I was in Kokomo one day in October doing a story on one of the more interesting battles for a seat in the Indiana House of Representatives. Incumbent Democrat Ron Herrell was being challenged by Republican Mike Karickhoff in a big money battle for that part-time elected post.
When I caught up with Herrell at the Howard County Democratic headquarters on the courthouse square, he agreed to do an on-camera interview about the race, and we decided together that it would be conducted with the two of us standing up in the middle of the room. That way, Herrell’s face was lit by sunlight coming through a large window facing the center of town.
That’s when I witnessed what I believe was the defining moment of the 2010 campaign. A Herrell campaign adviser became aware that an Obama/Biden sign, a leftover of the successful Democratic campaign in 2008, was visible over Herrell’s shoulder.
The adviser called for a delay. He didn’t request a change in positioning so the Obama placard wouldn’t appear. Rather, he crossed the room and took down the Obama reminder. Herrell eventually lost, anyway.
That’s the primary lesson of the 2010 campaign. Democrats couldn’t get away from Barack Obama. The national mood fueled by frustration over high unemployment and the continued recession, along with opposition to health care reform, carried Mike Karickhoff into office. He arrived at the Statehouse along with enough Republicans to give the GOP a 12-seat gain and a 60-40 majority in the Indiana House where they trailed Democrats 52-48 last year.
Never mind that Obama carried Indiana in 2008, becoming the first Democrat running for president to do so since LBJ in 1964. Never mind that Obama campaigned in Kokomo in 2008 to a roaring crowd at a town hall meeting at the high school.
The WISH-TV Channel 8 Indiana 2010 Election Poll showed Obama with a paltry 38-percent approval rating in the days before the election. 2008 was forgotten.
There were other factors, of course. Karickhoff, like all the freshmen Republicans now at the Statehouse, benefited from support from Aiming Higher, the political action committee operated by Gov. Mitch Daniels. Karickhoff appeared in one of the cookie-cutter TV ads produced by Aiming Higher promising a new “low tax majority.” Herrell was also likely hurt by the absence of then-Sen. Evan Bayh at the top of the Democratic ticket.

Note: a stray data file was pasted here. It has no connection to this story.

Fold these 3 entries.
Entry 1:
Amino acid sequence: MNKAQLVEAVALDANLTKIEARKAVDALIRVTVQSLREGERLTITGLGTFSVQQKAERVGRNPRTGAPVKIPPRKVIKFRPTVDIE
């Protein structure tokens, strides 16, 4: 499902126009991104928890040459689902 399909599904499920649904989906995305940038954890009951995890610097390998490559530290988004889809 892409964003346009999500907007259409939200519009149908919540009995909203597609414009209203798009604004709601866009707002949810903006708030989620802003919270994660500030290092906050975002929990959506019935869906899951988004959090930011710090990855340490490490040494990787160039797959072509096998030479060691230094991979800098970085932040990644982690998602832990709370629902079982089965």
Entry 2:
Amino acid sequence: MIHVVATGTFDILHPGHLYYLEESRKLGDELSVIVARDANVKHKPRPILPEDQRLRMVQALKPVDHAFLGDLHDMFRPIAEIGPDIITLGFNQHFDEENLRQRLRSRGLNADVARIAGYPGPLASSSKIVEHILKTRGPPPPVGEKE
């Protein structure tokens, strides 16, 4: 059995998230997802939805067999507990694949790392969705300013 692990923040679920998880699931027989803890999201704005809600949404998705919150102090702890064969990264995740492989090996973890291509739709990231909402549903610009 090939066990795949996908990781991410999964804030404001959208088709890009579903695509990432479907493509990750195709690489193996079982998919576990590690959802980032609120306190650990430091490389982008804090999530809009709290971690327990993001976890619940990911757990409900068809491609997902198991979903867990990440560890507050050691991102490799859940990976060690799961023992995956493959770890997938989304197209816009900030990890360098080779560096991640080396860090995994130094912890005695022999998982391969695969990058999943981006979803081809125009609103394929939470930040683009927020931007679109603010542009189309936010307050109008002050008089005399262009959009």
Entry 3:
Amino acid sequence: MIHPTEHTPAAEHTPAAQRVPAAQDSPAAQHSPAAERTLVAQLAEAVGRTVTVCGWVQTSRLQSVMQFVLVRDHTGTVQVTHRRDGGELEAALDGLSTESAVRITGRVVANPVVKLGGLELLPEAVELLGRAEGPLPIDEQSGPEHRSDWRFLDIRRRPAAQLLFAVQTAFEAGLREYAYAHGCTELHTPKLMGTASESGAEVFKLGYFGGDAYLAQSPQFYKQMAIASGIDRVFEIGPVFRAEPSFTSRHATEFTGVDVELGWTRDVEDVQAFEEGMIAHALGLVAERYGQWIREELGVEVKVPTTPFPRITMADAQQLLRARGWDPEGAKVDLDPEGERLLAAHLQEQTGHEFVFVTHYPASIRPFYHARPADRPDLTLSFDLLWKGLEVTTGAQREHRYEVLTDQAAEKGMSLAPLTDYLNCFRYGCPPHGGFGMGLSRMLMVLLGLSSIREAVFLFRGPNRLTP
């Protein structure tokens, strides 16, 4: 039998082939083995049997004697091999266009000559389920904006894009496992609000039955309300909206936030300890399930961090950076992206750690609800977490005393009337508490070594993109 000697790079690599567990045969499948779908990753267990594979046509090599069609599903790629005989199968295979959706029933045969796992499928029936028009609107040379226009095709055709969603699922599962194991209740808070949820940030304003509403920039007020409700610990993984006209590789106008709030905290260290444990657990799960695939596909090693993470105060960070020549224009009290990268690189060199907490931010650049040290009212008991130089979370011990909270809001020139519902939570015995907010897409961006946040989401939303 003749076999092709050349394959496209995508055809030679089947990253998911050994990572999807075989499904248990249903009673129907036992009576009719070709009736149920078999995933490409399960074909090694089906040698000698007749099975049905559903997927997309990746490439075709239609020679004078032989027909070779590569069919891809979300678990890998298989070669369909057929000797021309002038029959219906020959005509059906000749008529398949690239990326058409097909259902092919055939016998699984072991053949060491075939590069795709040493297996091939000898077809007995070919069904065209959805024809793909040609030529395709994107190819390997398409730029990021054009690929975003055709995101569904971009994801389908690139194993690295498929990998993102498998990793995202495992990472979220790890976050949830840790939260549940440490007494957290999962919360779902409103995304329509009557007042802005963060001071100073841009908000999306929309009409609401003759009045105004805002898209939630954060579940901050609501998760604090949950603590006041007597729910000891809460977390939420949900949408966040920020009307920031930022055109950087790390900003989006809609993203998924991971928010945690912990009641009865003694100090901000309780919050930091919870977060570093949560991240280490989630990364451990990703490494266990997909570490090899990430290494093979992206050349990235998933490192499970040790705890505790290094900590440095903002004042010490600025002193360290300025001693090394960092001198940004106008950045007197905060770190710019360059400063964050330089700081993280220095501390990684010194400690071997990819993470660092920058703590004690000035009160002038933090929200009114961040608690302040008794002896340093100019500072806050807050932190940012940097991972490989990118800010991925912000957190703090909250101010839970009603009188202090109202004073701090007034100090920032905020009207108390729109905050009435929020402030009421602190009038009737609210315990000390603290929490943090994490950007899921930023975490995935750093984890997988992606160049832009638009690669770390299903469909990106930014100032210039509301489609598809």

But we were in Kokomo on that October day because Karickhoff was the target of the best TV spot of the campaign, an imitation movie trailer that labeled him “Tax Hike Mike, coming soon to Kokomo.” In the end, it didn’t matter. Obama’s policies did.
Now at the Statehouse, Karickhoff and the other Republicans are engaged in an intense session of the General Assembly that will determine whether they establish a long-term GOP majority or simply become another chapter in the schizophrenic 21st century Indiana political story that has seen Republicans win big in 2004, followed by big gains for Democrats in 2006, the historic Democratic wins in 2008, then the GOP tidal wave in 2010.
Education reform, redistricting and a bailout for the unemployment system are among the issues Karickhoff and the others will have to run on in 2012.
In the meantime, I’m watching to see if Republicans devote their focus to those issues and other imperatives, or whether they get distracted by their new power and decide to take on social issues such as gay marriage, abortion and immigration. They are the issues Daniels urged national Republicans to call a truce on.
And, of course, the battle for Kokomo (and the rest of Indiana) has already begun in the wake of the 2010 election. Obama even made a visit to Kokomo recently, giving a speech at a Chrysler plant after making campaign-style stops throughout town on the way.
It makes me wonder if the Obama/Biden placard is back up at Democratic headquarters.•
Shella is WISH-TV Channel 8’s political reporter as well as host and producer of the Emmy-nominated “Indiana Week in Review.” Send comments on this column to email@example.com.